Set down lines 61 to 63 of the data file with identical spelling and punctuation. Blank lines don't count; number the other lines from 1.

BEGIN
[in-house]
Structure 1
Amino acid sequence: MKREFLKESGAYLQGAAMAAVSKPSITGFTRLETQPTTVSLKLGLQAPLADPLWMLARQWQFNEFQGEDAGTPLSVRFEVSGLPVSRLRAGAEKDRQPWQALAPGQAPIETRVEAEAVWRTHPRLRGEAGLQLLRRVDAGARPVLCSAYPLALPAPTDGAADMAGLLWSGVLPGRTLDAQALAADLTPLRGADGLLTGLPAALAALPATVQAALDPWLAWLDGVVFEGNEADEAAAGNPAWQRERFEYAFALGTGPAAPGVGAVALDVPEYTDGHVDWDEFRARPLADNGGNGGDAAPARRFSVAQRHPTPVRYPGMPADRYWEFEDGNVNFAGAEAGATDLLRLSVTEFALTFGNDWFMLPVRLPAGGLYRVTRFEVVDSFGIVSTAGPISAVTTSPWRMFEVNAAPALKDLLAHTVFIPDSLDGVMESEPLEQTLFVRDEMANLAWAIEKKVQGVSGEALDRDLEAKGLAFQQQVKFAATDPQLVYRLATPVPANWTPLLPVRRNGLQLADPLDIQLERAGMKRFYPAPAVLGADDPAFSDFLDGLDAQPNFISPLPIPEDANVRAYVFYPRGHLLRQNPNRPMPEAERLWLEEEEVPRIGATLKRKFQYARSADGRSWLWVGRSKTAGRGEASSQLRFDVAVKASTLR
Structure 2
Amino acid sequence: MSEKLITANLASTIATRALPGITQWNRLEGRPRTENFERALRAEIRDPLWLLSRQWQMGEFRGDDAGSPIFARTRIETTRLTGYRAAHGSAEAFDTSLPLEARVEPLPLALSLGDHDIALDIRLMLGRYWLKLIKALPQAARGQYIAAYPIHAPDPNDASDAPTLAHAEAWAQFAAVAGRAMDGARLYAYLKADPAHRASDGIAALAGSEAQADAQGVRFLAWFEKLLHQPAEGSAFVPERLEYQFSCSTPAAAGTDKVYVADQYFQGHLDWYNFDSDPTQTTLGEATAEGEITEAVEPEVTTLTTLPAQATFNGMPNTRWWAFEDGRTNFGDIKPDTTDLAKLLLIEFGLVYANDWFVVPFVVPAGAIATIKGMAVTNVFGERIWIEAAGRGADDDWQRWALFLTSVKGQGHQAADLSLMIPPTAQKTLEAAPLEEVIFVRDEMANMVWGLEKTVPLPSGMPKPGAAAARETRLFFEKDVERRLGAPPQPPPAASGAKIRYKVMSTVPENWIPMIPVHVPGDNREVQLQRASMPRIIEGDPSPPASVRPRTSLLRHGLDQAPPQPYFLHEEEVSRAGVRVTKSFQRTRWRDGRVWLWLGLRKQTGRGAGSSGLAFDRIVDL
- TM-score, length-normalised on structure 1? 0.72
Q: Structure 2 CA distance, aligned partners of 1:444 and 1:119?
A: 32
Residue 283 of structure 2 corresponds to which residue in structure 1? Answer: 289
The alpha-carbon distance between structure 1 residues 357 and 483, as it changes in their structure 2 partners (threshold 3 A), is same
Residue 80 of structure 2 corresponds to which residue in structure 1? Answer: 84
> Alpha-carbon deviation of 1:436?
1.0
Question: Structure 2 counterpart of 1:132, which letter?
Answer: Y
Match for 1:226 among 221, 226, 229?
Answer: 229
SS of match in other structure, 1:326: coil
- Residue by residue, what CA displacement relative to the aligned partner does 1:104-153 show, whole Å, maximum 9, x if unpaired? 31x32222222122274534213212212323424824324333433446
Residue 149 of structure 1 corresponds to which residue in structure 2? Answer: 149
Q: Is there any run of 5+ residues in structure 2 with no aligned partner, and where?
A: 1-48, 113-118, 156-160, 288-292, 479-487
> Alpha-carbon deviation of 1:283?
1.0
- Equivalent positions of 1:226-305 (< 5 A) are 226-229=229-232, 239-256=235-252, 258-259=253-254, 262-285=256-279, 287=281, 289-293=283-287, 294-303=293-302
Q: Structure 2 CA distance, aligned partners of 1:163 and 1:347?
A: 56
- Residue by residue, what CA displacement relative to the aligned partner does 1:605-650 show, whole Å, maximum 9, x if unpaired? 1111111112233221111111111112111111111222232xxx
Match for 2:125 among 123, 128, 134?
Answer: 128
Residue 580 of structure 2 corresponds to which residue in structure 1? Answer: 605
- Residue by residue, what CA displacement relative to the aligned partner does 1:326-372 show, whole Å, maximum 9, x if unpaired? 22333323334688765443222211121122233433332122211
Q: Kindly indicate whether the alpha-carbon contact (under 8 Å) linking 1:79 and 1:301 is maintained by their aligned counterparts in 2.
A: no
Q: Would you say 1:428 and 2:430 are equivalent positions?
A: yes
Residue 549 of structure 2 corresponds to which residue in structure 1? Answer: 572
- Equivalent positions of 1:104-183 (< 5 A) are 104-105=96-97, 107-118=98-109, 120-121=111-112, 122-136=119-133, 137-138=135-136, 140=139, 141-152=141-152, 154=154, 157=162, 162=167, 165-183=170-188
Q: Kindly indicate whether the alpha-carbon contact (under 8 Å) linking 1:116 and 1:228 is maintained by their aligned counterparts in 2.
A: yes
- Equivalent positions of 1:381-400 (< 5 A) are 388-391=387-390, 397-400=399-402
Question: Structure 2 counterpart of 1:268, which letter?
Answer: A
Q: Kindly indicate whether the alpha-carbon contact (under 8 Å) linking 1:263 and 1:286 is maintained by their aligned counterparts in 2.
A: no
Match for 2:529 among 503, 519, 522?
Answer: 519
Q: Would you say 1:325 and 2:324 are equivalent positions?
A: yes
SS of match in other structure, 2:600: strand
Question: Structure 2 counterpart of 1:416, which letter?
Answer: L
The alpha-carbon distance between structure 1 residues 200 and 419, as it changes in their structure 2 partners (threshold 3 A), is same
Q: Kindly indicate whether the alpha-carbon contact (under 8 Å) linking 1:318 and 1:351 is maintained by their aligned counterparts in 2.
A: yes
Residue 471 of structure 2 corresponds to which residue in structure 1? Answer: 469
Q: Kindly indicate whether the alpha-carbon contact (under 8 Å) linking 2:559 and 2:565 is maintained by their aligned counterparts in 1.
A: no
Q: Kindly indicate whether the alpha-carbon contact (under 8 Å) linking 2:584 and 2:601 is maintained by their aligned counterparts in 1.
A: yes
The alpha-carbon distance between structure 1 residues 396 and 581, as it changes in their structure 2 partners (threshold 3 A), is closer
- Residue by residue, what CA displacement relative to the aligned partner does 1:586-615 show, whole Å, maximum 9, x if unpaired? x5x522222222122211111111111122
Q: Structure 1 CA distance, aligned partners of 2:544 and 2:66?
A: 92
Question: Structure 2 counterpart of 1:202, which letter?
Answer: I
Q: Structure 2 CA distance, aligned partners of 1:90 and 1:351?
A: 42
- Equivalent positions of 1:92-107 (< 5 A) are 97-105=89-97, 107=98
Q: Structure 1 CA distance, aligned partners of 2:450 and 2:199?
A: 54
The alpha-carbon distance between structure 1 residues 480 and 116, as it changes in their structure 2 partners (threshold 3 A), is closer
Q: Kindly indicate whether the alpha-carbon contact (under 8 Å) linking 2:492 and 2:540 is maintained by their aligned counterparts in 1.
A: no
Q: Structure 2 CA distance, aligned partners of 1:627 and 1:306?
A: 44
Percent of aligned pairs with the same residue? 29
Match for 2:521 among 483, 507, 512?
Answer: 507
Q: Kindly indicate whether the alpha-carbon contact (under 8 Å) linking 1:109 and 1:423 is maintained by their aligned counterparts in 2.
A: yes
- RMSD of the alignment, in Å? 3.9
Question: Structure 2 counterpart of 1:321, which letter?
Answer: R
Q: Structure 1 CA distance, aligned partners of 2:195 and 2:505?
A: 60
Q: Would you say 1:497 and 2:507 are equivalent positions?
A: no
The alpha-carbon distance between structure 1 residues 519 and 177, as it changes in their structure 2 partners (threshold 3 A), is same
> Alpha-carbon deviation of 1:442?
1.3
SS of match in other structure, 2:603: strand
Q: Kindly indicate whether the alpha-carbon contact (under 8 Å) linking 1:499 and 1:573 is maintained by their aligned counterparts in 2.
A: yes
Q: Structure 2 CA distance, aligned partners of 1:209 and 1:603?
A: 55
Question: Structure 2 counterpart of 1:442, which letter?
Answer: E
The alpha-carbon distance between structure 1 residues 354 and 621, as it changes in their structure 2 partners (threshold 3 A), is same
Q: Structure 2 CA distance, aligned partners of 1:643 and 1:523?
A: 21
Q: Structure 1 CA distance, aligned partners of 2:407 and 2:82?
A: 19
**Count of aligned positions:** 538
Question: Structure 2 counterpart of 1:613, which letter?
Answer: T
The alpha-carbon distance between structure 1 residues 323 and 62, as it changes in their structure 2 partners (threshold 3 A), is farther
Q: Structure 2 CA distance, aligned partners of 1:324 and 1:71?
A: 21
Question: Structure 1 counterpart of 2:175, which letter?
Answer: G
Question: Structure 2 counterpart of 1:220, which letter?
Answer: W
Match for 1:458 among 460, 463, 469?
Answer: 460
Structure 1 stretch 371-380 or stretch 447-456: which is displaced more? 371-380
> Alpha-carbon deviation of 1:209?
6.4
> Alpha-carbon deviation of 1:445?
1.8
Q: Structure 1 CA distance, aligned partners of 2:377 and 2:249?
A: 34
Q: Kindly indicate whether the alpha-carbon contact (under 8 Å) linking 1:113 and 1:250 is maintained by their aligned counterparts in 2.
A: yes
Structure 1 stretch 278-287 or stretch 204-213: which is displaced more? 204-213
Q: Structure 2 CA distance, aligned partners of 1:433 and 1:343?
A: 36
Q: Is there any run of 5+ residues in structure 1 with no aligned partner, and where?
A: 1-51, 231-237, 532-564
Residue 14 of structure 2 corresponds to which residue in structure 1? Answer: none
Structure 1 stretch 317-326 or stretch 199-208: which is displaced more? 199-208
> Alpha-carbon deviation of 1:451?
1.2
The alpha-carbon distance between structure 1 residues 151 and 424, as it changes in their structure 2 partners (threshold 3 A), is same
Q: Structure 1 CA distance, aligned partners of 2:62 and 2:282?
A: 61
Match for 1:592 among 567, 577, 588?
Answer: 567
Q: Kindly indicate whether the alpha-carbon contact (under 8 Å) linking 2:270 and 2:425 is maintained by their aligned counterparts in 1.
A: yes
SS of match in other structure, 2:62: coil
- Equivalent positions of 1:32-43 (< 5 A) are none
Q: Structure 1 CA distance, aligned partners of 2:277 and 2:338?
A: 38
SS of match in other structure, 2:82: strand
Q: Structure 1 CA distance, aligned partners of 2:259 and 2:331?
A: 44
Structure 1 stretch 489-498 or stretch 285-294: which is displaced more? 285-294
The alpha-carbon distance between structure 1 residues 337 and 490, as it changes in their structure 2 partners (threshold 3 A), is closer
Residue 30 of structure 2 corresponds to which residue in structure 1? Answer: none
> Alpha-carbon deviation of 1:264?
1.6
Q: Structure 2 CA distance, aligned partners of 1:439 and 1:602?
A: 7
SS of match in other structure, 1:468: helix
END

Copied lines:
The alpha-carbon distance between structure 1 residues 396 and 581, as it changes in their structure 2 partners (threshold 3 A), is closer
- Residue by residue, what CA displacement relative to the aligned partner does 1:586-615 show, whole Å, maximum 9, x if unpaired? x5x522222222122211111111111122
Q: Structure 1 CA distance, aligned partners of 2:544 and 2:66?